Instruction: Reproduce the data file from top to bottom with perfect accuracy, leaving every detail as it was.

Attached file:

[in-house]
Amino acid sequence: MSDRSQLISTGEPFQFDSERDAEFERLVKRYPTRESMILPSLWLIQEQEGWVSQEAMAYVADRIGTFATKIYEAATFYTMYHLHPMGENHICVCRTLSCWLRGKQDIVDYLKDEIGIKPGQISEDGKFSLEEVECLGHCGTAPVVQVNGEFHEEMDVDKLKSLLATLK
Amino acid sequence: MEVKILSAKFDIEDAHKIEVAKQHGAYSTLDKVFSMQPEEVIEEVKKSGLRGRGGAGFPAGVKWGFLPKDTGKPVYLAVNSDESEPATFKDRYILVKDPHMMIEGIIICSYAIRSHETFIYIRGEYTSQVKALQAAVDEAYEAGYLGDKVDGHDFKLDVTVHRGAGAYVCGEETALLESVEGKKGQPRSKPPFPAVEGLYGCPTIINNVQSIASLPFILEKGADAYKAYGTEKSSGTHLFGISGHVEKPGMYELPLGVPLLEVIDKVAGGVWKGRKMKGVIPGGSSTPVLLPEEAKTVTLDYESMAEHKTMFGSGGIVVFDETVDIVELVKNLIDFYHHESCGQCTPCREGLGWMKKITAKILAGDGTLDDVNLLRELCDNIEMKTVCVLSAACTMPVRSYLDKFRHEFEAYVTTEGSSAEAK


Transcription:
[in-house]
Amino acid sequence: MSDRSQLISTGEPFQFDSERDAEFERLVKRYPTRESMILPSLWLIQEQEGWVSQEAMAYVADRIGTFATKIYEAATFYTMYHLHPMGENHICVCRTLSCWLRGKQDIVDYLKDEIGIKPGQISEDGKFSLEEVECLGHCGTAPVVQVNGEFHEEMDVDKLKSLLATLK
Amino acid sequence: MEVKILSAKFDIEDAHKIEVAKQHGAYSTLDKVFSMQPEEVIEEVKKSGLRGRGGAGFPAGVKWGFLPKDTGKPVYLAVNSDESEPATFKDRYILVKDPHMMIEGIIICSYAIRSHETFIYIRGEYTSQVKALQAAVDEAYEAGYLGDKVDGHDFKLDVTVHRGAGAYVCGEETALLESVEGKKGQPRSKPPFPAVEGLYGCPTIINNVQSIASLPFILEKGADAYKAYGTEKSSGTHLFGISGHVEKPGMYELPLGVPLLEVIDKVAGGVWKGRKMKGVIPGGSSTPVLLPEEAKTVTLDYESMAEHKTMFGSGGIVVFDETVDIVELVKNLIDFYHHESCGQCTPCREGLGWMKKITAKILAGDGTLDDVNLLRELCDNIEMKTVCVLSAACTMPVRSYLDKFRHEFEAYVTTEGSSAEAK